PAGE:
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Bill Aimed At Restricting Police Use Of Military Weapons Introduced Into State Assembly

The San Diego Police Department headquarters is shown in this updated photo.

Credit: Milan Kovacevic

Above: The San Diego Police Department headquarters is shown in this updated photo.

A San Diego lawmaker Friday helped introduce legislation into the state Assembly that could make it more difficult for law enforcement agencies to acquire military-grade equipment.

Assemblyman Todd Gloria, D-San Diego, along with Assemblyman David Chiu, D-San Francisco, co-authored the legislation, which would require state and local police agencies to submit public documents, participate in a public hearing and receive majority approval from their local governing body prior to purchasing or acquiring military equipment.

The two legislators said in a joint statement that the legislation is in response to President Donald Trump's reversal of an Obama-era executive order that prevented some law enforcement agencies from gaining access to some types of weapons — like tracked armored vehicles, grenade launchers and large- caliber weapons — and placed heavy restrictions on others, such as wheeled armored vehicles, explosives and riot equipment.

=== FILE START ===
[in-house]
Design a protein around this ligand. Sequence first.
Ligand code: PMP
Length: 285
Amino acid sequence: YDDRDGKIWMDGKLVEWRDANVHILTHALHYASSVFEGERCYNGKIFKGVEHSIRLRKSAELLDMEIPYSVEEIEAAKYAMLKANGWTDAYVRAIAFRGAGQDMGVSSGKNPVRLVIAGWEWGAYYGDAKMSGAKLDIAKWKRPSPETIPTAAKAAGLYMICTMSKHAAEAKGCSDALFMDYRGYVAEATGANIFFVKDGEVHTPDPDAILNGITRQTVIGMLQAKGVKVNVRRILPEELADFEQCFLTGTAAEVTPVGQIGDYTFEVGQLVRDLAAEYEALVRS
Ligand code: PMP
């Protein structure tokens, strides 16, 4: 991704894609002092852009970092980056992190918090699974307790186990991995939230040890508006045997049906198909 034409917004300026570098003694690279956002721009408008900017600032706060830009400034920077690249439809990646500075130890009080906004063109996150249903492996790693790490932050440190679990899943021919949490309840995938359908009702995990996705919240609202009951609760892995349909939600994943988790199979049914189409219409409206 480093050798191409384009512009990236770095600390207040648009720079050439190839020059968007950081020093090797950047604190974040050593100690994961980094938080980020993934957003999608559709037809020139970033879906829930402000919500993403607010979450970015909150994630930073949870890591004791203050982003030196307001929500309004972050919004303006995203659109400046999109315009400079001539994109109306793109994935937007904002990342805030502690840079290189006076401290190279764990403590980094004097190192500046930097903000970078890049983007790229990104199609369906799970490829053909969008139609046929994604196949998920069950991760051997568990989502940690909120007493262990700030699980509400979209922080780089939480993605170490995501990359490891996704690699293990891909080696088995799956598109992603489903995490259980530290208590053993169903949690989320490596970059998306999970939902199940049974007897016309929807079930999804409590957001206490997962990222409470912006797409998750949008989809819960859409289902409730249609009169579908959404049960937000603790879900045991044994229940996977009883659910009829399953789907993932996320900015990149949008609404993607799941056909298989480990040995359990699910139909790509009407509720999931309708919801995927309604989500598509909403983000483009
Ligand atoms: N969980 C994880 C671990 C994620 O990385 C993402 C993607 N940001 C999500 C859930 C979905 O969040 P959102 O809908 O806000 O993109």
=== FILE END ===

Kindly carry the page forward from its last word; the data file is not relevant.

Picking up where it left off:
"State and local law enforcement are a public safety service, not an occupying force," Gloria said. "Militarization is not necessary in order to keep our neighborhoods safe."

The bill defines military equipment as manned and unmanned aircraft, armored and tactical vehicles, weaponized vehicles, wall-breaching weapons, firearms and ammunition of .50 caliber or greater, all explosives, long-range acoustic devices and riot gear including batons, helmets and shields.

"Our streets in California are not war zones, and our citizens are not enemy combatants," Chiu said. "Law enforcement in California are our partners in public safety. They are not military generals, and the weapons they carry should reflect that reality."

The bill would call for law enforcement agencies to draft and submit a "military equipment impact statement," describing each piece of equipment and its intended use, as well as a "military equipment use policy," describing the equipment's purpose and authorized uses, to their governing body at a public hearing.

If enacted, the bill would go into effect on Jan. 1, 2019. Law enforcement agencies that currently possess military equipment would be required to gain approval from their local governments by May 1, 2019.

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